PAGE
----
December 10, 2012 11:59
The U.S. and South Korea believe Iranian missile experts secretly entered North Korea recently and are staying near the North's rocket launch pad in Tongchang-ri.
"Identifiable cars have been spotted traveling back and forth from the quarters to the missile launch site," a government source here said. "We believe they're carrying Iranian experts."
North Korea apparently invited Iranian missile experts to help with technical problems after the previous rocket launch in April failed.
The rocket launches are widely seen as a cover to test long-range ballistic missile technology.
UPI said experts from Iran's Shahid Hemmat Industrial Group, which developed the Shahab-3 intercontinental ballistic missile, will be present at the North Korean launch. "The missile connection between North Korea and Iran, which started in the 1980s, appears to be more extensive than expected," said a government official here.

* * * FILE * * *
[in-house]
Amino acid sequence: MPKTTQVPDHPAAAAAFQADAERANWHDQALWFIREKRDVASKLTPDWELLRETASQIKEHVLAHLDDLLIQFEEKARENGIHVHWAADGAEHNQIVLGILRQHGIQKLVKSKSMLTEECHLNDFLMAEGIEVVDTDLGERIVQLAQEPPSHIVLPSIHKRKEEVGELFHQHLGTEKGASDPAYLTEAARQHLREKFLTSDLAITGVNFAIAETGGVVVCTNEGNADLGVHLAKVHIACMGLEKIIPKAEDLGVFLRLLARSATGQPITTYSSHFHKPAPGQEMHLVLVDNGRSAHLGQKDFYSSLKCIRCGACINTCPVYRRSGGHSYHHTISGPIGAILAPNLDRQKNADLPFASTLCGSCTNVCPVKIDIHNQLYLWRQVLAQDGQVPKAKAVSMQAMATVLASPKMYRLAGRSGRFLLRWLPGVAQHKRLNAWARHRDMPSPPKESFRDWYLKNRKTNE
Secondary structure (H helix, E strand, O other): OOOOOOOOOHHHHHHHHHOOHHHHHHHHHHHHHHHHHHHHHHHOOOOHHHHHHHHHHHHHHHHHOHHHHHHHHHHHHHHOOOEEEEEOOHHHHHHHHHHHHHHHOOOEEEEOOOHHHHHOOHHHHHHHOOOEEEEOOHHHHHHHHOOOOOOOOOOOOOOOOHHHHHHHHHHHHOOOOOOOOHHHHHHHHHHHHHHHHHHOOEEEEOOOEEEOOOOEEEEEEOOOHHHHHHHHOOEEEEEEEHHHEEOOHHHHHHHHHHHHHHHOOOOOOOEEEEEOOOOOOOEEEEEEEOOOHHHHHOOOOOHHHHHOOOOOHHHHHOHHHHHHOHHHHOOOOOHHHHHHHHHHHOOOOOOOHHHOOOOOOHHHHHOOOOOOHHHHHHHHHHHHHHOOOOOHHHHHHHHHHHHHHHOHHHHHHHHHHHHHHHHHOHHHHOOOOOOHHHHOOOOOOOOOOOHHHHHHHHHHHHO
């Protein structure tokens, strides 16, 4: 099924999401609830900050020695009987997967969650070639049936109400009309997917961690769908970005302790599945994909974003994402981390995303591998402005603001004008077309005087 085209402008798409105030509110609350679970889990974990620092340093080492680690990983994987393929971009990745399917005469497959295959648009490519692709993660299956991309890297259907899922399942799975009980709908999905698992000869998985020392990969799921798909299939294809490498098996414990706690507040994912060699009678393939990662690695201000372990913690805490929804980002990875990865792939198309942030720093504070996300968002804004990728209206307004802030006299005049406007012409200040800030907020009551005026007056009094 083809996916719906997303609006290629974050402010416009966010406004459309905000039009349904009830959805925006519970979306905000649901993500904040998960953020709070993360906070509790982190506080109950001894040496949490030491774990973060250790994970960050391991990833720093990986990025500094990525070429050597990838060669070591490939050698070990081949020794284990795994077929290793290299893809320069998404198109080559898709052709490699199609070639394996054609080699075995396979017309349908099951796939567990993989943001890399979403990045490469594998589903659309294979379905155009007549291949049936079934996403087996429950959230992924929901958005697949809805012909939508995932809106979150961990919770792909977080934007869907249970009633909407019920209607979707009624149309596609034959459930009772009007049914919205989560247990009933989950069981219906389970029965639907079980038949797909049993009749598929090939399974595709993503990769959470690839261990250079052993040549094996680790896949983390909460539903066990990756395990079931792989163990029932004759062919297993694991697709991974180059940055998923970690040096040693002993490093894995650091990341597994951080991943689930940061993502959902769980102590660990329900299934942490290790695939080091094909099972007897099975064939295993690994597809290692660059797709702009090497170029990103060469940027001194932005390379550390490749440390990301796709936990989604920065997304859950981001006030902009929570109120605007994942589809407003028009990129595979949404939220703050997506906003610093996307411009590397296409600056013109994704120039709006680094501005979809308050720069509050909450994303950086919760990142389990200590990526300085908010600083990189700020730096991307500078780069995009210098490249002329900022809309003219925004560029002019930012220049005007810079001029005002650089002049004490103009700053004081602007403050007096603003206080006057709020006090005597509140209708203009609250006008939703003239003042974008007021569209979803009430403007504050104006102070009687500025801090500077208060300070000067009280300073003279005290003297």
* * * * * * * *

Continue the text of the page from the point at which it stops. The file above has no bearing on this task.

North Korea and Iran began cooperating in the development of missiles and other weapons of mass destruction in the 1980s, when Tehran asked Pyongyang help in developing missile technology to counter attacks from Iraqi Scuds.
In 1987, Iran imported 100 Scud-B missiles with a range of 300 km and 12 mobile launch vehicles from North Korea and used them against Iraq.
Since then, North Korea has exported Scud-C (1992) and Rodong missiles (1994) to Iran and also dispatched experts to Iran in 1990 to help it build its own missile manufacturing plant. In 1997, the North provided computer software to Iran to produce Rodong missiles.
Experts believe Iran's Shahab-3 was based on North Korea's Rodong missile, which has a range of 1,300 km, while the Shahab-5 and Shahab-6 were modeled after the North's Taepodong-2 missile.
Iran succeeded in putting satellites into orbit in February 2009 and February this year using rockets based on the Shahab missile.
Iran is now apparently returning the favors. "Iran obtained missile technology not only from China and Russia but also from Western countries such as Germany and the U.K.," said one rocket expert at a state-run research institute here. "All that missile technology ended up in North Korean hands."
A Defense Ministry official here said tight sanctions from the international community prompted North Korea to test a ballistic missile in Iran.
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